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Some people who are not currently married nonetheless , or live together, with someone of the opposite sex in a romantic relationship. The census reports that about 6 million opposite-sex couples are currently cohabiting; these couples constitute about 10 percent of all opposite-sex couples (married plus unmarried) who live together. The average cohabitation lasts less than two years and ends when the couple either splits up or gets married; about half of cohabiting couples do marry, and half split up. More than half of people in their twenties and thirties have cohabited, and roughly one-fourth of this age group is currently cohabiting (Brown, 2005). Roughly 55 percent of cohabiting couples have no biological children, about 45 percent live with a biological child of one of the partners, and 21 percent live with their own biological child. (These figures add to more than 100 percent because many couples live with their own child and a child of a partner.) About 5 percent of children live with biological parents who are cohabiting.
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Sec 121. Bigamy consists in the having of two wives or two husbands at one and the same time, knowing that the former husband or wife is still alive. If any person or persons within this State, being married, or who shall hereafter marry, do at any time marry any person or persons, the former husband or wife being alive, the person so offending shall, on conviction thereof, be punished by a fine, not exceeding one thousand dollars, and imprisoned in the penitentiary, not exceeding two years. It shall not be necessary to prove either of the said marriages by the register or certificate thereof, or other record evidence; but the same may be proved by such evidence as is admissible to prove a marriage in other cases, and when such second marriage shall have taken place without this state, cohabitation in this state after such second marriage shall be deemed the commission of the crime of bigamy, and the trial in such case may take place in the county where such cohabitation shall have occurred.
Co-sponsored by the Center for Marriage and Families at the Institute for American Values, this new report by a group of 18 family scholars summarizes new findings from the social sciences on divorce, cohabitation, and marriage in the U.S. According to W. Bradford Wilcox, director of the National Marriage Project and the lead author of the report, “In a striking turn of events, the divorce rate for married couples with children has returned almost to the levels we saw before the divorce revolution kicked in during the 1970s. Nevertheless, family instability is on the rise for American children as a whole. This is mainly because more couples are having children in cohabiting unions, which are very unstable. This report also indicates that children in cohabiting households are more likely to suffer from a range of emotional and social problems—drug use, depression, and dropping out of high school—compared to children in intact, married families.”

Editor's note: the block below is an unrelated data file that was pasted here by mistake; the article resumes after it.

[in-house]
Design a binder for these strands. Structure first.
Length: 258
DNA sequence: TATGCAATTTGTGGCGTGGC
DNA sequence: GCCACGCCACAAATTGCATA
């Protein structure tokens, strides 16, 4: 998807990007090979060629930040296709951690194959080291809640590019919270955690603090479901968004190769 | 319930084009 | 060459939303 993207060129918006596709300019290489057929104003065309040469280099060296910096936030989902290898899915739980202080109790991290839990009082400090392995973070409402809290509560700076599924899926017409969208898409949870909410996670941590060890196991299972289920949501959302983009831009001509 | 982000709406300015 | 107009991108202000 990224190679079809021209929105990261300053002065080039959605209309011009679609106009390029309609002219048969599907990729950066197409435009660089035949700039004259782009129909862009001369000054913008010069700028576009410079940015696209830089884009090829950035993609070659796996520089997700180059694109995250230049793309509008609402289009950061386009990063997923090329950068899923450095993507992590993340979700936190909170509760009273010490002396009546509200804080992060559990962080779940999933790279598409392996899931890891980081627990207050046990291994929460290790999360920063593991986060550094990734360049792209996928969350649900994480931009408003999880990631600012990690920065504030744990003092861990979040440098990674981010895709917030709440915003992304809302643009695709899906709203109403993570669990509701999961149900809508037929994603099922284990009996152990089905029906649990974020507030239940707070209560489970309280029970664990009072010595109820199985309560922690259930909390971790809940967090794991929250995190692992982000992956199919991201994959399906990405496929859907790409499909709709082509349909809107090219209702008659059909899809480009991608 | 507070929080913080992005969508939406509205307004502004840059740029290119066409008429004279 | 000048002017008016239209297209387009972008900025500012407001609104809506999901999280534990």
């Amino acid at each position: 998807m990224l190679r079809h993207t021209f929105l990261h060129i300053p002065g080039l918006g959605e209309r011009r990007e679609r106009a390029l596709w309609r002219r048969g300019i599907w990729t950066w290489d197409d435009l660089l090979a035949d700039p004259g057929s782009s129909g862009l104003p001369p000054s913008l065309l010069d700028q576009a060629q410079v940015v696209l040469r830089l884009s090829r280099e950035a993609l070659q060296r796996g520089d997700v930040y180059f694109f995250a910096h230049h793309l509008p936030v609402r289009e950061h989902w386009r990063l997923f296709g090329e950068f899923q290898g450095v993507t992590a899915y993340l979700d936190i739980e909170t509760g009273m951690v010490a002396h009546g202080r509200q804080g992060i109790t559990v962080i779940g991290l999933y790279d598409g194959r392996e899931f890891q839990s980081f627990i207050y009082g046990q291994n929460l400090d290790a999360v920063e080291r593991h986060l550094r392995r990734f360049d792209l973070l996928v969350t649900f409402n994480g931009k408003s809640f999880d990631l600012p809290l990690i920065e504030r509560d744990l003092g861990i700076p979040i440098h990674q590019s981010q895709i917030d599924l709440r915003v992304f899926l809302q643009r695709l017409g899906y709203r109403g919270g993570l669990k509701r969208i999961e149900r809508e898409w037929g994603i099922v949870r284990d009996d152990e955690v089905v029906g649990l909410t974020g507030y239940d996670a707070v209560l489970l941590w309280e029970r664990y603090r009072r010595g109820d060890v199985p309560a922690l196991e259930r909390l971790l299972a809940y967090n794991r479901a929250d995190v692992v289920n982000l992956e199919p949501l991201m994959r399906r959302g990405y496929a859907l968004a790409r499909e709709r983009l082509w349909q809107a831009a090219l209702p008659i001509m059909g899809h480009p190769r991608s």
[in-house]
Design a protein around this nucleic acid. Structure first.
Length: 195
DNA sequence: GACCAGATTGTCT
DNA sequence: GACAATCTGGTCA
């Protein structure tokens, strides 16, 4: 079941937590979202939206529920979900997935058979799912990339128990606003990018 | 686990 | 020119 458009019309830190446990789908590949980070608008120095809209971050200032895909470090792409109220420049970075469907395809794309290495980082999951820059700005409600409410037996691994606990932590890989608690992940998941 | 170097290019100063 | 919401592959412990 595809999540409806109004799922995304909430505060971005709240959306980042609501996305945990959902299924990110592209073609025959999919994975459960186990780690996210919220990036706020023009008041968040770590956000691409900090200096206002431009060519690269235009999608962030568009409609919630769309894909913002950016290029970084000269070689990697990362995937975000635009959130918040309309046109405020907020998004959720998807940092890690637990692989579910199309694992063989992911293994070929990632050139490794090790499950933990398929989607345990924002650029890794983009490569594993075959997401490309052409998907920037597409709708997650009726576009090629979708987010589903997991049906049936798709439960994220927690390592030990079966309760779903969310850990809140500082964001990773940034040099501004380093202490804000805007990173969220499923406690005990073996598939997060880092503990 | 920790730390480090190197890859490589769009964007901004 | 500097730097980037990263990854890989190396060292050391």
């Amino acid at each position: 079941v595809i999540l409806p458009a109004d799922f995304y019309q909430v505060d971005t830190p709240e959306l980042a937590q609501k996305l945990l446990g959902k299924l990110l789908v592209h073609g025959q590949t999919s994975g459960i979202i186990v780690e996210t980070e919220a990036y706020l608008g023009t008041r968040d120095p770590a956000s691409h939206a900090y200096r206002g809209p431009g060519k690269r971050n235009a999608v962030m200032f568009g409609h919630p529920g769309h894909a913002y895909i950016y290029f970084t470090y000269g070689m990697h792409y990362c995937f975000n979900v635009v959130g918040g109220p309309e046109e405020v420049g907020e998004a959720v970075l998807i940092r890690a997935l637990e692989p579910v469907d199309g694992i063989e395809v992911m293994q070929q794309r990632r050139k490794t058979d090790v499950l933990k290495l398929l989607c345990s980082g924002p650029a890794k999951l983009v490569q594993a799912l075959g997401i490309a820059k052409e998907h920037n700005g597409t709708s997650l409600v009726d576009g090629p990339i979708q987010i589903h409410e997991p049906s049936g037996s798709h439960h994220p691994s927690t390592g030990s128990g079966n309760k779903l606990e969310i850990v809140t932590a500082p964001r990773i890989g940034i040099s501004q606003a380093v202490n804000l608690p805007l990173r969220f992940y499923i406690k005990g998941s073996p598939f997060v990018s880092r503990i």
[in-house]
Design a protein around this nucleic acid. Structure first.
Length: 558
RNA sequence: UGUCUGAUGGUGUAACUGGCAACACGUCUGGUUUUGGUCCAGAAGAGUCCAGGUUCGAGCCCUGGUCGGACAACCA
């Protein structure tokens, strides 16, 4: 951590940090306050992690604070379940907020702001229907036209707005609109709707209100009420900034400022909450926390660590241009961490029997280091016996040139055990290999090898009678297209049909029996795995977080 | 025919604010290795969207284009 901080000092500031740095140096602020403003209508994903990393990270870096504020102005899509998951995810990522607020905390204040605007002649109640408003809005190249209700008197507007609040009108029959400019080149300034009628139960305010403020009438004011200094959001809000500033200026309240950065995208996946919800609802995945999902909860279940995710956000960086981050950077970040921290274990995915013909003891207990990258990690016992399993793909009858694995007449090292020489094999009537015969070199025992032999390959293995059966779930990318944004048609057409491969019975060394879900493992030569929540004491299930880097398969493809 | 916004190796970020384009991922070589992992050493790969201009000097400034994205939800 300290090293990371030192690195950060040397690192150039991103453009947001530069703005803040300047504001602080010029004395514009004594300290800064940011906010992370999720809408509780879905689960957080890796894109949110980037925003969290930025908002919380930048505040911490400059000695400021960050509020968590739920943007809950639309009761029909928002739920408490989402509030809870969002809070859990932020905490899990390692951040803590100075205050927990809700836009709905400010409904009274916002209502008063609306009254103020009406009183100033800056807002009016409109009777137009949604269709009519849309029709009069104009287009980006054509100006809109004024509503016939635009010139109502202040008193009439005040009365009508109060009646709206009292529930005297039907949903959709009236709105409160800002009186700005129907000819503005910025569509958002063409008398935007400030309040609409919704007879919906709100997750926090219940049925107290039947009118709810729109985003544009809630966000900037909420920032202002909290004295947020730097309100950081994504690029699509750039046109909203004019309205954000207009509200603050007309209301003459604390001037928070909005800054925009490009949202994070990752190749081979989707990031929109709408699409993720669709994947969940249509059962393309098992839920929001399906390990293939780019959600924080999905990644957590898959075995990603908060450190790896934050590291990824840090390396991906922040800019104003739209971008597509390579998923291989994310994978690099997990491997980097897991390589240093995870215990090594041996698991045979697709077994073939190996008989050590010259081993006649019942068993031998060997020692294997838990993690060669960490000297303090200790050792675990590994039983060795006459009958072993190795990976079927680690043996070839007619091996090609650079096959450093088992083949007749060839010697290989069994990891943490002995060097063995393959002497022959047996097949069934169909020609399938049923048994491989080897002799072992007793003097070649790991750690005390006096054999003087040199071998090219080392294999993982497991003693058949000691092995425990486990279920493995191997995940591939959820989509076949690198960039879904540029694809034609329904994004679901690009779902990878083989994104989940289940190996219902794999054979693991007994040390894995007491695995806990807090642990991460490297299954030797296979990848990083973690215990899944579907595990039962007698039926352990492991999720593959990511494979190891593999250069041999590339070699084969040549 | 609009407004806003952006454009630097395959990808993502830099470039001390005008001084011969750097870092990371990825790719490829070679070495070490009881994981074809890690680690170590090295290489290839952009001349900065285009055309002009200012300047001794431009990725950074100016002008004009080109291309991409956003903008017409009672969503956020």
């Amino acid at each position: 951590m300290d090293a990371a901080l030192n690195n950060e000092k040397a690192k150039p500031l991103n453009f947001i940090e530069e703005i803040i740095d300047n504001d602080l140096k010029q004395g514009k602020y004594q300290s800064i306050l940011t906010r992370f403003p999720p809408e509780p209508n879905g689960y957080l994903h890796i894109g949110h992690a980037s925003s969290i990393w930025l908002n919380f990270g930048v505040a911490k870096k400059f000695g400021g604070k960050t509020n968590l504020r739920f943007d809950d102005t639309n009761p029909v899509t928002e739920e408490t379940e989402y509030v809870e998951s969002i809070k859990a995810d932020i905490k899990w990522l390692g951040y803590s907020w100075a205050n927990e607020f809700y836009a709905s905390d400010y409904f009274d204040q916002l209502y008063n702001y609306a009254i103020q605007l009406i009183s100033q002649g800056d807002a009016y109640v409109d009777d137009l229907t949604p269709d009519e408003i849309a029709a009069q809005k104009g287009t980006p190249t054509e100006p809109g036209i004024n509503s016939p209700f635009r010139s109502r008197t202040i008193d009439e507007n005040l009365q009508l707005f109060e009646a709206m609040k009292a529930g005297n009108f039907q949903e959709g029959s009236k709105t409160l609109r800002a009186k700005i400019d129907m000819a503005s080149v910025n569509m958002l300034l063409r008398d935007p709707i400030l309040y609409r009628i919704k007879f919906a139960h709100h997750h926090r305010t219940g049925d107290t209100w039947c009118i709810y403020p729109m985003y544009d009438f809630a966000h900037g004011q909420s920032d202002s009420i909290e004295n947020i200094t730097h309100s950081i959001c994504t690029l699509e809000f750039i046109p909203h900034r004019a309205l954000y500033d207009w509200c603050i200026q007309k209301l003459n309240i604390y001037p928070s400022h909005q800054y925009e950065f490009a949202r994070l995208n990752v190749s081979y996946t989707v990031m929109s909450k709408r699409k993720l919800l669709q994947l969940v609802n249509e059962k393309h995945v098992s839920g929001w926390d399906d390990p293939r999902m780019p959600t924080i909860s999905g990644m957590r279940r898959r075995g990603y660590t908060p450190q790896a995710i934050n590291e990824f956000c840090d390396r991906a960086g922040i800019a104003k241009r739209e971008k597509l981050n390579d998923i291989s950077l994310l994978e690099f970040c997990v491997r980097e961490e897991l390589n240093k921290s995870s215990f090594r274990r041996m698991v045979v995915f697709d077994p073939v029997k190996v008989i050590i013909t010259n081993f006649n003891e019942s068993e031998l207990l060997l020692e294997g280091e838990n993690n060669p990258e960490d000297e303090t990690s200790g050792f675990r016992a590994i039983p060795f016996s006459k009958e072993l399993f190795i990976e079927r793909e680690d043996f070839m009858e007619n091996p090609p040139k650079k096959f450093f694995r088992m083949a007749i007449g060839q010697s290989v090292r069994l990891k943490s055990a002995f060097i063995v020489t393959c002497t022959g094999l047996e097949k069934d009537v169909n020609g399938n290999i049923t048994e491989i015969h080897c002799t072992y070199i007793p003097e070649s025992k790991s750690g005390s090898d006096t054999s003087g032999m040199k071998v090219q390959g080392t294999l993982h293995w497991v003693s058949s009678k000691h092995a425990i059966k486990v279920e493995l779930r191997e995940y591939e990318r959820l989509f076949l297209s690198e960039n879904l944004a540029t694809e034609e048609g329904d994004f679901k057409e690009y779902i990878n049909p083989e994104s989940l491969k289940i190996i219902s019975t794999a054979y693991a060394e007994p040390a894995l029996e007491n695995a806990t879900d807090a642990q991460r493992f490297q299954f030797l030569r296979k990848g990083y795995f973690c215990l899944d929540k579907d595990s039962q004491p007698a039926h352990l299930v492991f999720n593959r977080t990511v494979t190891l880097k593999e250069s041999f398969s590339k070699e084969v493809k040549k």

Joseph was sealed (not married) to several women who were already married. This practice is called theological polyandry - sealing for eternity without earthly cohabitation. Being sealed to a woman for the afterlife does not necessarily imply living together during mortality. There is no solid, reliable, unbiased evidence showing that those married women that Joseph Smith was sealed to ever lived with him or had any physical relations with him. These women remained with their own spouses to whom they were first married to. Church President Joseph F. Smith testified before a senatorial committee stating that sealings for eternity did not allow for earthly cohabitation. Therefore, this sealing practice did not mean that Joseph Smith was in any kind of earthly marital relationship with these women. In fact, not only was Joseph Smith sealed to other women, he was also sealed to men as well. Many early Mormons had living parents and spouses who weren't members of the church and consequently were not eligible for sealing blessings. The solution for this was for them (men or women) to be sealed to someone who would most likely gain exaltation, such as the prophet Joseph Smith.
If you're thinking about tying the knot, you're probably wondering if — and how — such a big commitment will impact your relationship. Here's the good news: than those who stay single, according to a recent from the National Bureau of Economic Research. Spouses are the happiest, the paper found, when their life partners are also their best friends. But it gets better than that. If your partner is also your best friend, you don't actually need to be married to reap the benefits of the relationship. The increased happiness levels the researchers found to be linked with marriage held true for best-friend couples who lived together too, even if they weren't married. To arrive at their conclusions, the researchers studied three separate data sets that included information about thousands of couples: The United Kingdom's Annual Population Survey, the British Household Panel Survey, and the Gallup World Poll. Then, they controlled for couples' age, gender, income, and health conditions (all of which could potentially affect their results). Here's a chart from the paper comparing the life satisfaction of people who had ever been married (red line) with people who were single and had never been married (blue line): There's some crucial that's missing from that chart though: The results were very similar for cohabitating couples who considered their partner their best friend but were not married. Here's a chart comparing the life satisfaction of couples who were married (blue bars) with couples who lived together but were unmarried (red bars). Couples whose partner was also their best friend are to the left; couples who had another best friend who was not their partner are to the right. People in a relationship who saw their significant other as their best friend and either lived with that person or married them were happier than couples who saw their best friend as someone outside of the relationship. "What immediately intrigued me about the results was to rethink marriage as a whole," University of British Columbia economics professor and study coauthor John Helliwell told the New York Times. "Maybe what is really important is friendship, and to never forget that in the push and pull of daily life." This takeaway squares with other research. A 2012 survey of American couples found that those who lived together but were not married had higher self-esteem and were happier overall than their married counterparts, even though both types of relationships improved bigger-picture well-being. Other studies have shown too that, despite persistent narratives about marriage as key to happiness, tying the knot doesn't always have a net positive effect on couples. A 2011 review of the impact on happiness of major life events found that couples who got married generally felt less happy and less satisfied with their lives over time. In other words, your significant other should be your best friend. But as far as marrying that person goes? Not required for optimal happiness.UP NEXT: Psychologists Say One Habit Can Make Or Break A Relationship SEE ALSO: Science Says Lasting Relationships Come Down To 2 Basic Traits Join the conversation about this story »